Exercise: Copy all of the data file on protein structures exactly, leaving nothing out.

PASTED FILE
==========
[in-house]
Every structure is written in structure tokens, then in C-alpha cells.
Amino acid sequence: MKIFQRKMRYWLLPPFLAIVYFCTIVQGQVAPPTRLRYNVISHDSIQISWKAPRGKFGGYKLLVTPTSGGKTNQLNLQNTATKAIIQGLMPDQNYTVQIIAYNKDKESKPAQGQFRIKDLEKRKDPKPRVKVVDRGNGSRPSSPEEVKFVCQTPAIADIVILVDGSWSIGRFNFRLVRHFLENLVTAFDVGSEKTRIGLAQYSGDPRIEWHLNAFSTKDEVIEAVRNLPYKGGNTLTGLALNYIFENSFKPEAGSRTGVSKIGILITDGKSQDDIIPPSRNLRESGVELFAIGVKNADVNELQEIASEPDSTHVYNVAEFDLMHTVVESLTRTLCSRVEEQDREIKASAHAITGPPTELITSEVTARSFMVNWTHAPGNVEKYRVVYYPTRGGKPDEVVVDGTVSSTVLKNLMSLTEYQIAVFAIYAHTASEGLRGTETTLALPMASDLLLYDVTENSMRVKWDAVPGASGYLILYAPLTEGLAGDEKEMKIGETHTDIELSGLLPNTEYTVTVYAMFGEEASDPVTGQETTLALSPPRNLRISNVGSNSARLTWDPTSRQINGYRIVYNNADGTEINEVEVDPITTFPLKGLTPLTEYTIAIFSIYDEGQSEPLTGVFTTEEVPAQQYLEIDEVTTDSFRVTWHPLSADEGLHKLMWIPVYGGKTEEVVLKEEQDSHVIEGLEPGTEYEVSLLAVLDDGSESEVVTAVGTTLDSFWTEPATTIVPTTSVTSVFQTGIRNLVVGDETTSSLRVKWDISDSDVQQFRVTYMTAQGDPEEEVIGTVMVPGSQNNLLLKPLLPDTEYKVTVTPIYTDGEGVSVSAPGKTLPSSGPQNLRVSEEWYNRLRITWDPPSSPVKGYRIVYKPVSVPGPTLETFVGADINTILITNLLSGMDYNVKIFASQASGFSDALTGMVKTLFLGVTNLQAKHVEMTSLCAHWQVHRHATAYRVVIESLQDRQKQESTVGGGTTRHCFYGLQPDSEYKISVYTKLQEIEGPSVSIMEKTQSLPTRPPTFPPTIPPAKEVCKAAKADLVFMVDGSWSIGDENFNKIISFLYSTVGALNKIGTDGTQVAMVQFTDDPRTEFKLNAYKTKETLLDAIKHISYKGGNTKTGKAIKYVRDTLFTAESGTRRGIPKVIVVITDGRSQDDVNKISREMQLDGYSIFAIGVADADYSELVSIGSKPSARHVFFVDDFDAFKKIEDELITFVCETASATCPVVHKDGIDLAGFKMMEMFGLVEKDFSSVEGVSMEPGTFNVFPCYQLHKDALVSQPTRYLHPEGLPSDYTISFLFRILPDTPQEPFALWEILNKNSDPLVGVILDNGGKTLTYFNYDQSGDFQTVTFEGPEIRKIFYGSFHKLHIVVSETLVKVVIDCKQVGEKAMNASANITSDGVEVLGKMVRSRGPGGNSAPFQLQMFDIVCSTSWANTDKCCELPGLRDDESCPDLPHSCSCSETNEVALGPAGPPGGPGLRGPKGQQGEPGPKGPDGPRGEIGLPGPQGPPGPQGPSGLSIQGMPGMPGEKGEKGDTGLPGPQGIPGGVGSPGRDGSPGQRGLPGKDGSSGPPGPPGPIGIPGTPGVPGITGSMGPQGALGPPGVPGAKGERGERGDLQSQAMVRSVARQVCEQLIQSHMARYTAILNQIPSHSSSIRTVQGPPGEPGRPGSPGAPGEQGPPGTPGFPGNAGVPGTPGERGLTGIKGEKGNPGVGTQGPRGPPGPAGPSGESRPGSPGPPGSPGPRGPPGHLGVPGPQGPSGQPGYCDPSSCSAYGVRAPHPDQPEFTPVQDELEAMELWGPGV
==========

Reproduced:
[in-house]
Every structure is written in structure tokens, then in C-alpha cells.
Amino acid sequence: MKIFQRKMRYWLLPPFLAIVYFCTIVQGQVAPPTRLRYNVISHDSIQISWKAPRGKFGGYKLLVTPTSGGKTNQLNLQNTATKAIIQGLMPDQNYTVQIIAYNKDKESKPAQGQFRIKDLEKRKDPKPRVKVVDRGNGSRPSSPEEVKFVCQTPAIADIVILVDGSWSIGRFNFRLVRHFLENLVTAFDVGSEKTRIGLAQYSGDPRIEWHLNAFSTKDEVIEAVRNLPYKGGNTLTGLALNYIFENSFKPEAGSRTGVSKIGILITDGKSQDDIIPPSRNLRESGVELFAIGVKNADVNELQEIASEPDSTHVYNVAEFDLMHTVVESLTRTLCSRVEEQDREIKASAHAITGPPTELITSEVTARSFMVNWTHAPGNVEKYRVVYYPTRGGKPDEVVVDGTVSSTVLKNLMSLTEYQIAVFAIYAHTASEGLRGTETTLALPMASDLLLYDVTENSMRVKWDAVPGASGYLILYAPLTEGLAGDEKEMKIGETHTDIELSGLLPNTEYTVTVYAMFGEEASDPVTGQETTLALSPPRNLRISNVGSNSARLTWDPTSRQINGYRIVYNNADGTEINEVEVDPITTFPLKGLTPLTEYTIAIFSIYDEGQSEPLTGVFTTEEVPAQQYLEIDEVTTDSFRVTWHPLSADEGLHKLMWIPVYGGKTEEVVLKEEQDSHVIEGLEPGTEYEVSLLAVLDDGSESEVVTAVGTTLDSFWTEPATTIVPTTSVTSVFQTGIRNLVVGDETTSSLRVKWDISDSDVQQFRVTYMTAQGDPEEEVIGTVMVPGSQNNLLLKPLLPDTEYKVTVTPIYTDGEGVSVSAPGKTLPSSGPQNLRVSEEWYNRLRITWDPPSSPVKGYRIVYKPVSVPGPTLETFVGADINTILITNLLSGMDYNVKIFASQASGFSDALTGMVKTLFLGVTNLQAKHVEMTSLCAHWQVHRHATAYRVVIESLQDRQKQESTVGGGTTRHCFYGLQPDSEYKISVYTKLQEIEGPSVSIMEKTQSLPTRPPTFPPTIPPAKEVCKAAKADLVFMVDGSWSIGDENFNKIISFLYSTVGALNKIGTDGTQVAMVQFTDDPRTEFKLNAYKTKETLLDAIKHISYKGGNTKTGKAIKYVRDTLFTAESGTRRGIPKVIVVITDGRSQDDVNKISREMQLDGYSIFAIGVADADYSELVSIGSKPSARHVFFVDDFDAFKKIEDELITFVCETASATCPVVHKDGIDLAGFKMMEMFGLVEKDFSSVEGVSMEPGTFNVFPCYQLHKDALVSQPTRYLHPEGLPSDYTISFLFRILPDTPQEPFALWEILNKNSDPLVGVILDNGGKTLTYFNYDQSGDFQTVTFEGPEIRKIFYGSFHKLHIVVSETLVKVVIDCKQVGEKAMNASANITSDGVEVLGKMVRSRGPGGNSAPFQLQMFDIVCSTSWANTDKCCELPGLRDDESCPDLPHSCSCSETNEVALGPAGPPGGPGLRGPKGQQGEPGPKGPDGPRGEIGLPGPQGPPGPQGPSGLSIQGMPGMPGEKGEKGDTGLPGPQGIPGGVGSPGRDGSPGQRGLPGKDGSSGPPGPPGPIGIPGTPGVPGITGSMGPQGALGPPGVPGAKGERGERGDLQSQAMVRSVARQVCEQLIQSHMARYTAILNQIPSHSSSIRTVQGPPGEPGRPGSPGAPGEQGPPGTPGFPGNAGVPGTPGERGLTGIKGEKGNPGVGTQGPRGPPGPAGPSGESRPGSPGPPGSPGPRGPPGHLGVPGPQGPSGQPGYCDPSSCSAYGVRAPHPDQPEFTPVQDELEAMELWGPGV